Obama Calls Boehner To Press Him For Payroll Tax Cut Extension

Barack Obama pressed Republican House of Representatives Speaker John Boehner to pass a two-month extension and return to talks on a year-long deal in the New Year.

Obama urged Boehner to achieve compromise on the payroll tax cut. Photo: oregonianphoto/Flickr

According to White House spokesman Jay Carney, President Barack Obama called Boehner and Senate Majority Leader Harry Reid to tell about his willingness to cooperate with Congress ” to achieve a successful bipartisan compromise” on the payroll tax cut for 160 million Americans.

The talks about an extension of the tax cut are still deadlocked, after the Republican-led House on Tuesday refused to accept a Senate-passed version of the bill, which got the support of 89 votes but seven Republicans.

In fact, in case payroll tax cut is not extended by the end of the December, about 160 million Americans would have their payroll tax reverted to 6.2 percent from the 4.2 percent lowered a year ago. Moreover, failure would cause cuts to Medicare doctors’ fees and a lapse in jobless benefits.

Both parties are to extend the cut, but Democrats and Republicans offer different ways of paying for it, as well as unrelated measures included in the debate, such as a provision relating to a transcontinental oil pipeline. The Senate has passed a two-month extension aiming to give Congress additional time to negotiate the sticking points.

The House hasn’t voted for the Senate bill but suggested forming a “conference committee” – a small group of lawmakers from both the Senate and the House to work out the two chambers’ differences. Republicans urged Congress to forgo the two-month extension and pass a full, one-year extension as soon as possible.

Boehner wrote in a USA Today op-ed published today, “We hope the president, who has repeatedly said he won’t go on vacation until this matter is resolved, will urge Senate Democrats to change their minds. He should call on them to appoint negotiators so we can extend payroll tax relief for a full year and help create jobs.”

However, having phoned today, Barack Obama did just the opposite, forcing Boehner to change his mind. “We’re here. We’re ready to work,” Boehner said. “We can resolve these differences … and give the American people a real Christmas present.”

Boehner also asked Mr. Obama to support the conference committee. “The speaker told the president that his conference was elected to change the way Washington does business and that we should not waste the next ten days simply because it is an inconvenient time of year,” the Boehner’s aide revealed. “He said that our differences are not so great that we cannot pass a full-year bill by December 31st.”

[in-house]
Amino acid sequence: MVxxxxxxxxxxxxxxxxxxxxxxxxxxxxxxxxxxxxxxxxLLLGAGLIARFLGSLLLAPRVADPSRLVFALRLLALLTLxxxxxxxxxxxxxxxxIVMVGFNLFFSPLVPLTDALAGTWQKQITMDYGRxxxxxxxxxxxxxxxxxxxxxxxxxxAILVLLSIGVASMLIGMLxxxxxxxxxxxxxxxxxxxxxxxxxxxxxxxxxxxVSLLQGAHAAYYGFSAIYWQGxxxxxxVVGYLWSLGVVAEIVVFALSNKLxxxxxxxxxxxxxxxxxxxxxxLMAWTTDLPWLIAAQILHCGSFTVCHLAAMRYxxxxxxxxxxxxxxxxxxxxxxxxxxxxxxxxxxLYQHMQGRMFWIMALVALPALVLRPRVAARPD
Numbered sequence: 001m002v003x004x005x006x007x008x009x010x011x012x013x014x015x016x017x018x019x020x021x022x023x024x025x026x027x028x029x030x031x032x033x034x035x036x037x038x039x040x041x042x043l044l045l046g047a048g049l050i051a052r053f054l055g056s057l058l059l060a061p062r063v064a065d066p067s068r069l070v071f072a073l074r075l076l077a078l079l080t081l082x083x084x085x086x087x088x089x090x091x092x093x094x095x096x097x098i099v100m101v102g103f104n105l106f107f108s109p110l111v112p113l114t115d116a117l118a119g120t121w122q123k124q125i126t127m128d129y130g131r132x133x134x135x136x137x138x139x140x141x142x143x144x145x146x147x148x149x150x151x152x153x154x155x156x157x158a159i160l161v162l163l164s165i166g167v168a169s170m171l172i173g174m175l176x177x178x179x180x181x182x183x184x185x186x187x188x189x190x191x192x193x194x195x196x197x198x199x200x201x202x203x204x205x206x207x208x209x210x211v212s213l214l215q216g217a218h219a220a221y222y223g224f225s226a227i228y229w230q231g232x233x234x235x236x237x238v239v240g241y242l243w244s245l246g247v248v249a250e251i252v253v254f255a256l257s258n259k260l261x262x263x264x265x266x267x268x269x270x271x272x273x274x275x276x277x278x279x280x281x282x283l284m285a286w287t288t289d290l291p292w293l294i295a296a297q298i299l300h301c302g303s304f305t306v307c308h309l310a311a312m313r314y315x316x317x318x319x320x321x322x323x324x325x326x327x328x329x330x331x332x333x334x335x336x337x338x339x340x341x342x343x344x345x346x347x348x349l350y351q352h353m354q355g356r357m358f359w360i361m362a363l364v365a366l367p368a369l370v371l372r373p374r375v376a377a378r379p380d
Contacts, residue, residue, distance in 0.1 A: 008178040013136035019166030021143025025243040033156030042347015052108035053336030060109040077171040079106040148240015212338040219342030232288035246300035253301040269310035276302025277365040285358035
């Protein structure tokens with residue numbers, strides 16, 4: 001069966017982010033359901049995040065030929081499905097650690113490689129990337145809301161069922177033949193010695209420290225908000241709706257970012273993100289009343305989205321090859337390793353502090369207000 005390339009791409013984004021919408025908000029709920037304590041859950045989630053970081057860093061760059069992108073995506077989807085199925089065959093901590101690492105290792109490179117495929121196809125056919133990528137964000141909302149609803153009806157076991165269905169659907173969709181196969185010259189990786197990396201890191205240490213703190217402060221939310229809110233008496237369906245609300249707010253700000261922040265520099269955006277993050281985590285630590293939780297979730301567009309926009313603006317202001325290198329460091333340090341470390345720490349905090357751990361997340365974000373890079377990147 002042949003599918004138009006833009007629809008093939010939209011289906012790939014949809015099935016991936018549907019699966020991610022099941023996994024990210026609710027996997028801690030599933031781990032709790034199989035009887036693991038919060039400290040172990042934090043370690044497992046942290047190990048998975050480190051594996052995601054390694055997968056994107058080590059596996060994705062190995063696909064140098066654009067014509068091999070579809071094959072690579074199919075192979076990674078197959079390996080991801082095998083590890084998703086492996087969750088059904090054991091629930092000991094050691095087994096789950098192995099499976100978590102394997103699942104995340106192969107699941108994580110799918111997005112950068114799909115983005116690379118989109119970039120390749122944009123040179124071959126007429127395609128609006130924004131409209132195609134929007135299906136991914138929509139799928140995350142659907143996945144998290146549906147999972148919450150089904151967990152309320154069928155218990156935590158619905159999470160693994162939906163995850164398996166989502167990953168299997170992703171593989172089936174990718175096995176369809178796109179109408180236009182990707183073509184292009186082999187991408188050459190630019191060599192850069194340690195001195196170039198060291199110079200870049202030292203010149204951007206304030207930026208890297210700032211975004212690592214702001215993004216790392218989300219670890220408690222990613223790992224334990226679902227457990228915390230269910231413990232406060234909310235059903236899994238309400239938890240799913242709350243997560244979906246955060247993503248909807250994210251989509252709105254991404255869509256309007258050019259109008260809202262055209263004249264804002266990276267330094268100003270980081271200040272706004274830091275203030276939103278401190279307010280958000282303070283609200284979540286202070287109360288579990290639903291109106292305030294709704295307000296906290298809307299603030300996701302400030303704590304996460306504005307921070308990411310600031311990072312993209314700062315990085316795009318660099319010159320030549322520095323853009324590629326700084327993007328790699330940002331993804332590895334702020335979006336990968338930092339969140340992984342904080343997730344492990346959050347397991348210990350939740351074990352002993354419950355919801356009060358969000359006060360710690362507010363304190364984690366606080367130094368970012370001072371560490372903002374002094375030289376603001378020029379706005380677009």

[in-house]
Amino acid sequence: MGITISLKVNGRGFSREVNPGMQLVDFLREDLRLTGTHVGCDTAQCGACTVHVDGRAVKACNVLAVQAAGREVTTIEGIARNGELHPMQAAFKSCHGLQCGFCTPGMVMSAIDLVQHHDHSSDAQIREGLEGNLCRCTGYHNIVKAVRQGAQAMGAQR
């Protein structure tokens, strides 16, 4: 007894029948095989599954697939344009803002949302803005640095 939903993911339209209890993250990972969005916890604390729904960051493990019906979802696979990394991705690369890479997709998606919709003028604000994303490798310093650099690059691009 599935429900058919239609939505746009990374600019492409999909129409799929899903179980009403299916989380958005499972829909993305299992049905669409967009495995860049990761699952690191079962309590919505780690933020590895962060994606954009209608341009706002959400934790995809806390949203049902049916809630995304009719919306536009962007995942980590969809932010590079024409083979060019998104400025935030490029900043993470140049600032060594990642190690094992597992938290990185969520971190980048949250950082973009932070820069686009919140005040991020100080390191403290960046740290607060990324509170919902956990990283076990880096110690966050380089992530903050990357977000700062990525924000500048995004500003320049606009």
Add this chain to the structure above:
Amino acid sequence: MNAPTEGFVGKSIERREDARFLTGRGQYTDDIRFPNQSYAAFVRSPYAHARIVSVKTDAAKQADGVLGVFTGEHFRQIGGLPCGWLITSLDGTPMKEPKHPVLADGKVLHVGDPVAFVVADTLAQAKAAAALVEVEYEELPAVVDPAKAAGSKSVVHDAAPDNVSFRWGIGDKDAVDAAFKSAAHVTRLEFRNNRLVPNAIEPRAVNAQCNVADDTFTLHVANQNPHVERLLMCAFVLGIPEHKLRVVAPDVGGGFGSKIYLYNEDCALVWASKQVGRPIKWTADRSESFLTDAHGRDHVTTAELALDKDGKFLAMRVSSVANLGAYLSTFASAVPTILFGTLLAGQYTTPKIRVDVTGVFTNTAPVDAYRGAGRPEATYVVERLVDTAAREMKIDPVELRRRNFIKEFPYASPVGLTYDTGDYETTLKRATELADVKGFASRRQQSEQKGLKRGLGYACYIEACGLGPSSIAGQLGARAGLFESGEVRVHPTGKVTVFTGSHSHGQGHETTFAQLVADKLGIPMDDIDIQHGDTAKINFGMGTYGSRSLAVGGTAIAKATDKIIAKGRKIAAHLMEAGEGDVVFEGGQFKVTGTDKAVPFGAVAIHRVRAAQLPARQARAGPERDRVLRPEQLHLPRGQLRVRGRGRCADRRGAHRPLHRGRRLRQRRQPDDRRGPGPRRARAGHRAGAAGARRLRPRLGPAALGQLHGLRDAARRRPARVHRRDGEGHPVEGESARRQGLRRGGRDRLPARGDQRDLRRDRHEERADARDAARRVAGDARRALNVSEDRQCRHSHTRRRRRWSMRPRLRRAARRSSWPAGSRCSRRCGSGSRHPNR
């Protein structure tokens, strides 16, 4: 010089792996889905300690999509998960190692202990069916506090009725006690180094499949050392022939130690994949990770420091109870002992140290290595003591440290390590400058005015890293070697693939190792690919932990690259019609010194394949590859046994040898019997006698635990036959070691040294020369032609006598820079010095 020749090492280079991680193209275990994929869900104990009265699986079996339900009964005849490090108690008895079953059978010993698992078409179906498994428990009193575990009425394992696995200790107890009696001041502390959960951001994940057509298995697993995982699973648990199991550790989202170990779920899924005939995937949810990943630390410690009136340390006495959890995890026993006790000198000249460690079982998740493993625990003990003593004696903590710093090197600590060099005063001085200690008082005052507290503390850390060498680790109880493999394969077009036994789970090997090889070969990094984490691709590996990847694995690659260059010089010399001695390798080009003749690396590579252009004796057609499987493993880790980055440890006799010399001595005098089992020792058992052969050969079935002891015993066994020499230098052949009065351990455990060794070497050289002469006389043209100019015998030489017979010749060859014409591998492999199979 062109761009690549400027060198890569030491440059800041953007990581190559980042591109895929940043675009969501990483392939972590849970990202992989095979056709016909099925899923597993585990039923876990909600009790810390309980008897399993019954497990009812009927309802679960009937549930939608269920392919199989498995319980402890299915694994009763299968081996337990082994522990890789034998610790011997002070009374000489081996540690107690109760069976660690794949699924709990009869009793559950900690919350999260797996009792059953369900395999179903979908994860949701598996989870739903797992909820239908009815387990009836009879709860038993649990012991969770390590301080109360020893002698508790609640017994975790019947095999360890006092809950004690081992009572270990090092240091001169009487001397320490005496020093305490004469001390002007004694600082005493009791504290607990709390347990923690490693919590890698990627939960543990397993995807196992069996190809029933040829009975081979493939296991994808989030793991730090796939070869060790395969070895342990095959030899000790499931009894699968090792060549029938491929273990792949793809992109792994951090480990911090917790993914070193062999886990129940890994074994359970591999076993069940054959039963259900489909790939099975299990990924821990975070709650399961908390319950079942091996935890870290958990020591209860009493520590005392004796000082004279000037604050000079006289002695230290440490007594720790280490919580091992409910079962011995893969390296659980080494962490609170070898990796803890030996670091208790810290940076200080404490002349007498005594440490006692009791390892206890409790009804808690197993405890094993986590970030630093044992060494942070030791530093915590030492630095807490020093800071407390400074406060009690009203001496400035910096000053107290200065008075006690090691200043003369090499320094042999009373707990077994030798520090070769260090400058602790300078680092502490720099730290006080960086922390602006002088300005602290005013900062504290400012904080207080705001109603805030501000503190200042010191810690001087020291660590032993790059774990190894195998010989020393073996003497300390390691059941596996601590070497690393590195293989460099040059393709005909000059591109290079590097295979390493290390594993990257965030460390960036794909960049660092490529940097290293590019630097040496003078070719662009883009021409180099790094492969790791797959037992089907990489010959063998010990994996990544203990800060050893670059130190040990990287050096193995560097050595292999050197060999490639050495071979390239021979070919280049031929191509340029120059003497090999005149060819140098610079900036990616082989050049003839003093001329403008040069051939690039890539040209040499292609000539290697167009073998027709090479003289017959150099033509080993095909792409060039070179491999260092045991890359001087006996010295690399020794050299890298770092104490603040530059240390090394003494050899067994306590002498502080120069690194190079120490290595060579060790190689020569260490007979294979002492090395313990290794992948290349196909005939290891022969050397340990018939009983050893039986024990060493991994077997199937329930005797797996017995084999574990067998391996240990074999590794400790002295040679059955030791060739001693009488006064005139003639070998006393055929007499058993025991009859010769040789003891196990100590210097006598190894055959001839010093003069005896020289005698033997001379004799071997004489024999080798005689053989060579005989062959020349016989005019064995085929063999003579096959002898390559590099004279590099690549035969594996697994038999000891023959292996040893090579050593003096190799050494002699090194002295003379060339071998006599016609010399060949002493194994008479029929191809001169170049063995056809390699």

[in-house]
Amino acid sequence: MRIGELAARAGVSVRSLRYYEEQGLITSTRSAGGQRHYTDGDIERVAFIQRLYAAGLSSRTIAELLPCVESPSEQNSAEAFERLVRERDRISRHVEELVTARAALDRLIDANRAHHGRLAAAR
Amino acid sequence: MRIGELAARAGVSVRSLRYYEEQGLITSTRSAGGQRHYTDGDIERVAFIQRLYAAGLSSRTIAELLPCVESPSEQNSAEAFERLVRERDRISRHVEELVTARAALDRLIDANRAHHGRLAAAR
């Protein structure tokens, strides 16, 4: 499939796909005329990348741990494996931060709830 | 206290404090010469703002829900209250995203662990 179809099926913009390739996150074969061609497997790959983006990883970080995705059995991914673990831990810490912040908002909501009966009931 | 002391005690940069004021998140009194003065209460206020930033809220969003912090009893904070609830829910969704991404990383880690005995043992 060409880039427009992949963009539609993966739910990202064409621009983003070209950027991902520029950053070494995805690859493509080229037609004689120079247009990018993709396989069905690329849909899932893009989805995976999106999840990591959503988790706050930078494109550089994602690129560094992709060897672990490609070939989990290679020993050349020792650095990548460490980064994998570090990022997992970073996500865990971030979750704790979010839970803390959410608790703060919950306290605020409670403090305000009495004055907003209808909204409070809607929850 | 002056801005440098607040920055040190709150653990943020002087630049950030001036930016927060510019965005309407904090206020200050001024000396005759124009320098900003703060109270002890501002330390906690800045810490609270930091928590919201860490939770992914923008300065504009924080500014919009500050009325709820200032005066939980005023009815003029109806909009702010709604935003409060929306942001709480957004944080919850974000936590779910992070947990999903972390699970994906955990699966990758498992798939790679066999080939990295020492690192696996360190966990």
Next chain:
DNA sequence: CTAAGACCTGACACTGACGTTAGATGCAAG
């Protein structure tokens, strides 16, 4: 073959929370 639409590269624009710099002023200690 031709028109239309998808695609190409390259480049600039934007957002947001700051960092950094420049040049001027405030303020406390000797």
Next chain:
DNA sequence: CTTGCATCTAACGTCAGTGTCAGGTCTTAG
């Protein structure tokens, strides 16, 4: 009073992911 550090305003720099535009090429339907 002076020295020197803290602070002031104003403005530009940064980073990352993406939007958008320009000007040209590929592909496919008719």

The aide continued: “He urged the President to call on Senator Reid to appoint negotiators so that we can produce a full-year bill by the end of the year that provides a tax cut of $1,000 rather than only $166. The Speaker told the President that his conference was elected to change the way Washington does business and that we should not waste the next ten days simply because it is an inconvenient time of year.”

On Tuesday briefing White House Press Secretary Jay Carney was asked several times whether Obama planned to help Boehner out of his predicament.

“The president is doing everything he can to help the American people,” Carney responded. “The Speaker is very capable of helping himself by calling a vote on the Senate compromise, a compromise that received the support of 80 percent of the Republican senators and an even greater percentage of Democratic senators.”

As was previously found out, the president was to make an unannounced trip outside of the White House’s confines. Obama was suspected in planning to head to Capitol Hill for a direct confrontation with Republican leadership.

But the talks stopped after some reports claimed Obama was just going to Virginia to do some holiday shopping. After that he intended to go to Hawaii to meet up with the rest of his family, though when that will take place depends on a resolution of the payroll tax cut debate. [Via CBS News and Huff Post]

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